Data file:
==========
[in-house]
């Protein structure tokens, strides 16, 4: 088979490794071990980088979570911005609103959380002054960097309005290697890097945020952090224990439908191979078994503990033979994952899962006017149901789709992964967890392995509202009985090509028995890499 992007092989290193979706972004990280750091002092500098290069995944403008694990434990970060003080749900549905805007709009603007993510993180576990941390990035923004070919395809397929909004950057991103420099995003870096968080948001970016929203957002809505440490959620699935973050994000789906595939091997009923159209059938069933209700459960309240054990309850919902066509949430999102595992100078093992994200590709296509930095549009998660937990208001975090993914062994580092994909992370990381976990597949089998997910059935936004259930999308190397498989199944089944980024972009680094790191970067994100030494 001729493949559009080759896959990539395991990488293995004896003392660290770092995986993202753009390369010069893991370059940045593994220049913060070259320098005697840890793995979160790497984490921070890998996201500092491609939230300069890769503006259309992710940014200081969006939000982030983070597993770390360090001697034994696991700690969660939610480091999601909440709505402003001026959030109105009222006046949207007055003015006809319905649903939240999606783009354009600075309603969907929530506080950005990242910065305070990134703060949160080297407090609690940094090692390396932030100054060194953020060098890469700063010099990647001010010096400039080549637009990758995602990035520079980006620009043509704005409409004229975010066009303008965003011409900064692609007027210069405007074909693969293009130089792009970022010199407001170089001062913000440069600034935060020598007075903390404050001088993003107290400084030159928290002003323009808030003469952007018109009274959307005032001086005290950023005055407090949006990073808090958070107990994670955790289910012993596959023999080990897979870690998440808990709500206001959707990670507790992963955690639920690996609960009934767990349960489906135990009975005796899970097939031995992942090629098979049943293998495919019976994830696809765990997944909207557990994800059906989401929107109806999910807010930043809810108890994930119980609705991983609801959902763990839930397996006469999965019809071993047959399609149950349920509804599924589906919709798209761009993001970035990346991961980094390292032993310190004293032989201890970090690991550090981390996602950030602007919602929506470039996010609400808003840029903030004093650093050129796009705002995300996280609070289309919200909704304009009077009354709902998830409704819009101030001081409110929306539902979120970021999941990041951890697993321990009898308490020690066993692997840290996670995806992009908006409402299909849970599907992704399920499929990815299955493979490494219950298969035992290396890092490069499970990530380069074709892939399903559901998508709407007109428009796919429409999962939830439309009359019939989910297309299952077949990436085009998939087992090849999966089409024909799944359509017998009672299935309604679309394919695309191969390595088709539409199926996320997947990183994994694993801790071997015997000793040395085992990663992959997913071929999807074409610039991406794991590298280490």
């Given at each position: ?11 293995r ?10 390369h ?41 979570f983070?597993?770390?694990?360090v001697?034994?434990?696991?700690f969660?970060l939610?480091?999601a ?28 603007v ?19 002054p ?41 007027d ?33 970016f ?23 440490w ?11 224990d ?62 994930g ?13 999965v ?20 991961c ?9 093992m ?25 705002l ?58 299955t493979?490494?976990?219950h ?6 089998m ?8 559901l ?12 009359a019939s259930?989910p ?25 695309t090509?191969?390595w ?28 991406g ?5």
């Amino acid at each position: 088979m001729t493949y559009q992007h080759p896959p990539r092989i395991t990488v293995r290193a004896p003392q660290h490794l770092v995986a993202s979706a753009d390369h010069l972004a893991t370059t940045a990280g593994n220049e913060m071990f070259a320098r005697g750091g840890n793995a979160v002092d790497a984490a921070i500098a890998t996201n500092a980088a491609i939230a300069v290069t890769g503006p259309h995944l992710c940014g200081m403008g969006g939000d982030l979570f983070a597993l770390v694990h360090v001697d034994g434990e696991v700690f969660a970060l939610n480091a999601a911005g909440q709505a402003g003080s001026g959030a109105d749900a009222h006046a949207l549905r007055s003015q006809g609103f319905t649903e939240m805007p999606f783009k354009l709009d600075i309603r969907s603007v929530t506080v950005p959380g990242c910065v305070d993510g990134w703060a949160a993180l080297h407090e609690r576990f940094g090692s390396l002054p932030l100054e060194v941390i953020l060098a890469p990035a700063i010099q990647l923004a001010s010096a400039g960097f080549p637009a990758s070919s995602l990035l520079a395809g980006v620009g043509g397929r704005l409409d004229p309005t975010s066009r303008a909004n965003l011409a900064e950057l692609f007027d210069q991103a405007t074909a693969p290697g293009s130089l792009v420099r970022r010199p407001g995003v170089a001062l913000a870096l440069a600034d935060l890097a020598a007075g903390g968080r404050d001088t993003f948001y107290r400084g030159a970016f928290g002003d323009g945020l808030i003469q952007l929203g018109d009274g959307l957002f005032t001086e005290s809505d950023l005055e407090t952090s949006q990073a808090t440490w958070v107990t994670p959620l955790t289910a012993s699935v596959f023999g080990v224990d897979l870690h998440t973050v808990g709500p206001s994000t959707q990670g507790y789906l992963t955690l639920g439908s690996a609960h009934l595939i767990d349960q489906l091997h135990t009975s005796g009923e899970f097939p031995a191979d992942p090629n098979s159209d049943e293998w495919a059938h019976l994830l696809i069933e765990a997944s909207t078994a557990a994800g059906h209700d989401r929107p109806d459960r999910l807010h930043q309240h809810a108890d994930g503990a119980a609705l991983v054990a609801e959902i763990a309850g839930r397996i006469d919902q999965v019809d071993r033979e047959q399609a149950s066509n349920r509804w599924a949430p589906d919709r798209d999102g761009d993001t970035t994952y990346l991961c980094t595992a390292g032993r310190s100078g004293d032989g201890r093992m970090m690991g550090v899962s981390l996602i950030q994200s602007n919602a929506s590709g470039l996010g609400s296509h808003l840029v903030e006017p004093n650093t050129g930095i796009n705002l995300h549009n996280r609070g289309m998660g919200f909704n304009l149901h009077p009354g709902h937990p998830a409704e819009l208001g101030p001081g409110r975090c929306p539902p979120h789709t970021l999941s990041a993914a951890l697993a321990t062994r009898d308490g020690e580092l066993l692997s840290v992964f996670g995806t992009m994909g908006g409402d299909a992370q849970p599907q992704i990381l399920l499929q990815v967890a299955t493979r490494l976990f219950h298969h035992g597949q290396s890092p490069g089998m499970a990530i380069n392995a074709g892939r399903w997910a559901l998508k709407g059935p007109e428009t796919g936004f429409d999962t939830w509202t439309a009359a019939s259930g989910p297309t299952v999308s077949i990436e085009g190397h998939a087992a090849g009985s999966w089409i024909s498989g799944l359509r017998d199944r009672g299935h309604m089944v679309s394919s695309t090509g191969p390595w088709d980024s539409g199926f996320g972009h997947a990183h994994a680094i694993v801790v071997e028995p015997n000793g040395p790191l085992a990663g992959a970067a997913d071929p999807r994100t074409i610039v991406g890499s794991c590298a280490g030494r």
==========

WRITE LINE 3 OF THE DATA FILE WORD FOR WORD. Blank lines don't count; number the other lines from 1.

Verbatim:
């Given at each position: ?11 293995r ?10 390369h ?41 979570f983070?597993?770390?694990?360090v001697?034994?434990?696991?700690f969660?970060l939610?480091?999601a ?28 603007v ?19 002054p ?41 007027d ?33 970016f ?23 440490w ?11 224990d ?62 994930g ?13 999965v ?20 991961c ?9 093992m ?25 705002l ?58 299955t493979?490494?976990?219950h ?6 089998m ?8 559901l ?12 009359a019939s259930?989910p ?25 695309t090509?191969?390595w ?28 991406g ?5």